Thursday, October 13, 2016

Behind the Cameras

While discussing all the various jobs that are behind the scenes, I envisioned what success would be like; where I would excell. There's no way any prolific creativity would come in a room so cold.   Being on the set of my chosen telenovela,Celia, would be great. All the shots outside of the studio would be so pleasant and luxurious. The only people who would be uptight would be make-up crew trying to keep the sweat off.  

Production for Celia is certainly an art craft. I like to call my telenovela a “ruptura de epoca” because it shows history through such a different lens. It breaks traditional models by being biographical and musical, joining with the telenovela format to create drama and magnetic attraction. It is distant from the traditional telenovela, but adapted to the platform. It gives time and place to the story by producing scenes and characters that are part of the military regime or the rebellion in Cuba.

The props to this telenovela are so top-notch, it may even be romanticized. There is a type of abundance in color that is always happening. Things are so clean-pressed and tidy, in personal style and also interior design. The floral designs and clothing is meticulous. Even though everything is so handsome, I wonder if the Cubans looked a little rougher at the time. Celia Cruz grew up in a pretty poor neighborhood – a hard conclusion to make from all of the abundance. The props are an orchestration, from all of the bundles of tropical fruit resting in courtyard oasis, to recreating a 1950’s train station, or a realistic Cuban kitchen.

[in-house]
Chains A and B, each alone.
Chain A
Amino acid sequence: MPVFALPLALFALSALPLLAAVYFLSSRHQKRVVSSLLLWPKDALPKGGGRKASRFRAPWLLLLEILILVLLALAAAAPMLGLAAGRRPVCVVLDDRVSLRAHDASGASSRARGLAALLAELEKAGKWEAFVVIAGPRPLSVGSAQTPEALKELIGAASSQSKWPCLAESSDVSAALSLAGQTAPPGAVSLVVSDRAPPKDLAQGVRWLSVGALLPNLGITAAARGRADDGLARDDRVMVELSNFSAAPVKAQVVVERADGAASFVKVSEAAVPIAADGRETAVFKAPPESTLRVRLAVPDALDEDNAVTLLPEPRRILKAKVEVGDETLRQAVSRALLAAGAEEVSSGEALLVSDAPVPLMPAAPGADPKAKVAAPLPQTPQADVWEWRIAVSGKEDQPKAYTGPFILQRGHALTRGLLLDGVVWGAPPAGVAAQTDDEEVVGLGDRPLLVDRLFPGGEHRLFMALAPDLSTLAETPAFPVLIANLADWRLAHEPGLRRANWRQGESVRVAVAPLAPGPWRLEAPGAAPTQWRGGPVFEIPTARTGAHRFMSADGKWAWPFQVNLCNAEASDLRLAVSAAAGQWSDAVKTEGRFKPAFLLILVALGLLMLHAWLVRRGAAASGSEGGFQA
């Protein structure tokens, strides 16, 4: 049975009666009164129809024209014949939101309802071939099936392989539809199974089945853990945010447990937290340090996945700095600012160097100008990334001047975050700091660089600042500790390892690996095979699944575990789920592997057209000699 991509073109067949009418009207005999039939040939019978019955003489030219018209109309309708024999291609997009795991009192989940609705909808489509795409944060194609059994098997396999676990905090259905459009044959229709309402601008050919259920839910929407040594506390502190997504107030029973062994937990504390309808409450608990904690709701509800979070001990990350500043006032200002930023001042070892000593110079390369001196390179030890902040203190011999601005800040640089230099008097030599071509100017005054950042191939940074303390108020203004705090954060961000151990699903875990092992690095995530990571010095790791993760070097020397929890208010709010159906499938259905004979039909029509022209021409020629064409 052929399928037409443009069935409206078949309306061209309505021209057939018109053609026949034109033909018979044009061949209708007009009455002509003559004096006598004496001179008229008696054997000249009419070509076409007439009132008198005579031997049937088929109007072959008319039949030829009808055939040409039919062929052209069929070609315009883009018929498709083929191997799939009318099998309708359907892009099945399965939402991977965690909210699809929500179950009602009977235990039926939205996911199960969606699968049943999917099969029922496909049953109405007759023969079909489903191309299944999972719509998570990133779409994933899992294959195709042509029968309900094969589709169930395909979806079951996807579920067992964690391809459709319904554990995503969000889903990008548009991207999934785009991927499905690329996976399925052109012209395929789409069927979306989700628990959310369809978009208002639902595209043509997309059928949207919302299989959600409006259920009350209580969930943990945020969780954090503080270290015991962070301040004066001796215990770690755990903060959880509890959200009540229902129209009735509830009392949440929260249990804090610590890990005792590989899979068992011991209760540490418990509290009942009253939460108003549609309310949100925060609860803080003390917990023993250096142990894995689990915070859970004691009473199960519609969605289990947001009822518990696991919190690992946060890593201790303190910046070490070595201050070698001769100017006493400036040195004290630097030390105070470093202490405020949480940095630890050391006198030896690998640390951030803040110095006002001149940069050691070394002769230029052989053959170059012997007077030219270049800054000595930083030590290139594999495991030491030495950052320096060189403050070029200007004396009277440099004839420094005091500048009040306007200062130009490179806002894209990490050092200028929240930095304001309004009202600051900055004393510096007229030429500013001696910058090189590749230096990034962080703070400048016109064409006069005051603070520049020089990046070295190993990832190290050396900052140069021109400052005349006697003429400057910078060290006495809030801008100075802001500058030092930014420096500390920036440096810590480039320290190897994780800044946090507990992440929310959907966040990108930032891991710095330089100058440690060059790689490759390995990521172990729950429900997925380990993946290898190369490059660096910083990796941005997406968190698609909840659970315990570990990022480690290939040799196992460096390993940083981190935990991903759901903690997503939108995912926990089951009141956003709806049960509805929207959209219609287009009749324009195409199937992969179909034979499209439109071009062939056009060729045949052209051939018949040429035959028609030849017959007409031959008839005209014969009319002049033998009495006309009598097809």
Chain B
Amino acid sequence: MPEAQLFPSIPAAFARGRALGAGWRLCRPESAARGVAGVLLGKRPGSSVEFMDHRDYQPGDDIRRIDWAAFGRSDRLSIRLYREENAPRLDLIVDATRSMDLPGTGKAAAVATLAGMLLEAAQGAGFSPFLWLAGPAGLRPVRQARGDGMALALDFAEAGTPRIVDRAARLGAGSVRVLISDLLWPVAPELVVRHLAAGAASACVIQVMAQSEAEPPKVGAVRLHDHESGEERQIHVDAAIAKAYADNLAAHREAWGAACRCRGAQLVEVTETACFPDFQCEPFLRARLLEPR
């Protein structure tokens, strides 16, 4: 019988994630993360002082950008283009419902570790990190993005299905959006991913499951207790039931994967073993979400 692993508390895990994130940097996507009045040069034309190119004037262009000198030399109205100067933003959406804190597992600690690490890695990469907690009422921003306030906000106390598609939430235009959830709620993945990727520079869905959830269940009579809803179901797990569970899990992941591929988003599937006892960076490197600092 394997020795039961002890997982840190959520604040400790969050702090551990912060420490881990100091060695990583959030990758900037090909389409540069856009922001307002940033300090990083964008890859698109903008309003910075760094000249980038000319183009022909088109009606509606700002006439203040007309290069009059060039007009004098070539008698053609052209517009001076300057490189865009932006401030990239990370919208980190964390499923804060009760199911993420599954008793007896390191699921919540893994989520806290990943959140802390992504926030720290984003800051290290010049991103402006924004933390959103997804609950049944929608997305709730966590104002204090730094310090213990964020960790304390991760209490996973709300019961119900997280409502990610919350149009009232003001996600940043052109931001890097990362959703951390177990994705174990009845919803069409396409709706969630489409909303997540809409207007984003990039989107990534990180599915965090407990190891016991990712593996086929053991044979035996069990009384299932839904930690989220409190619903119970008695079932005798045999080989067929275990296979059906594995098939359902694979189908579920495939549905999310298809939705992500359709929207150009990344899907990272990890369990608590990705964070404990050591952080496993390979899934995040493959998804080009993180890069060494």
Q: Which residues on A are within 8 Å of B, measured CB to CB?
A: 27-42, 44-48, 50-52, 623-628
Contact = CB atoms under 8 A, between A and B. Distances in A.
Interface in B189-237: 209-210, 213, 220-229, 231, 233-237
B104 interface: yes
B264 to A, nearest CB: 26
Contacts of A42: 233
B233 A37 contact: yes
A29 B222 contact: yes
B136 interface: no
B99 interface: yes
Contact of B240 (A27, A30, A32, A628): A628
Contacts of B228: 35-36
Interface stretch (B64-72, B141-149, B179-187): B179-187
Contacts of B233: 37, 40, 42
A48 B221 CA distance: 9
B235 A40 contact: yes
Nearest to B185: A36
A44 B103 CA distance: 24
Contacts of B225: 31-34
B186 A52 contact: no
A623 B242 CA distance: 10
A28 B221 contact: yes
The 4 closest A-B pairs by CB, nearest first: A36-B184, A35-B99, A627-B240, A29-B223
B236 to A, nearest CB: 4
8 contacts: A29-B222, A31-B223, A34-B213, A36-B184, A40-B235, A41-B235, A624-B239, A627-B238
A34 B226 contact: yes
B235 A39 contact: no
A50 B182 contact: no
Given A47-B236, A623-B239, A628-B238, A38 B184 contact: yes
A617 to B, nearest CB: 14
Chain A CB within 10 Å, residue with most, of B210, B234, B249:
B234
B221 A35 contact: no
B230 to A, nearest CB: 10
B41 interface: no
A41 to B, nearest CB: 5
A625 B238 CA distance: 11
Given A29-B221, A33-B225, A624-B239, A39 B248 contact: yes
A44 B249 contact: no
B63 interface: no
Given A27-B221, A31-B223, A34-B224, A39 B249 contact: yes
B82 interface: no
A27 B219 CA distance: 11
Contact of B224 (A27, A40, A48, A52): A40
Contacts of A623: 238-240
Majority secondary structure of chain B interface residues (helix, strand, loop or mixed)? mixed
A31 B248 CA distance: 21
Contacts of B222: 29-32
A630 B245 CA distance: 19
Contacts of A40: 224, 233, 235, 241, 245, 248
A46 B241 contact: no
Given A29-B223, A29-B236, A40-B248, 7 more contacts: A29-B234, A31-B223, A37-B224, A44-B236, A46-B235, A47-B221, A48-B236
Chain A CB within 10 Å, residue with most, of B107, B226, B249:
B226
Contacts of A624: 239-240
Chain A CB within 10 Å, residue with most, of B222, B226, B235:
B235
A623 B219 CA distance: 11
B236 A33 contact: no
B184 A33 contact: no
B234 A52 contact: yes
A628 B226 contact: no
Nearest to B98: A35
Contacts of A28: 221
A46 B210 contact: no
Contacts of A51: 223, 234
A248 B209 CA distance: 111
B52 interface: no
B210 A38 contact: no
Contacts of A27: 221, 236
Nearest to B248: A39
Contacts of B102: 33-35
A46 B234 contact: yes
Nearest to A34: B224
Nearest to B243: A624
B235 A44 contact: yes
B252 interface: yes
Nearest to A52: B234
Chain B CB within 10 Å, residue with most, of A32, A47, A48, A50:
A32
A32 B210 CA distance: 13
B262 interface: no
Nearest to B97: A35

I am not surprised that the actors have to deal with big cameras and lights in their faces. I have gotten the jist of the difficulties that take place while shooting film. It is disenchanting to see production in a way. What is more appalling to me is the way everything is placed with purpose. When the actors walk past an old Chevrolet, I can imagine the Cubanos patching parts together from household items – something they are famous for – keeping cars running forever with such minimal resources. 

1 comment:

  1. Charles- That's definitely an interesting point because in order to accurately portray all the time periods, you have to set the scene very delicately and perfectly. I'm sure the team that gathers all of these items have to do a lot of research, watch a lot of movies and old shows to see how Cubans were portrayed in the early 1950s. Setting the scene for shows that take place in any other era has a lot of planning on their part because the audience is probably quick to comment if something looks fake and unrealistic. The actors definitely have to quickly adapt to the fast paced environment and really live in the time period they're displaying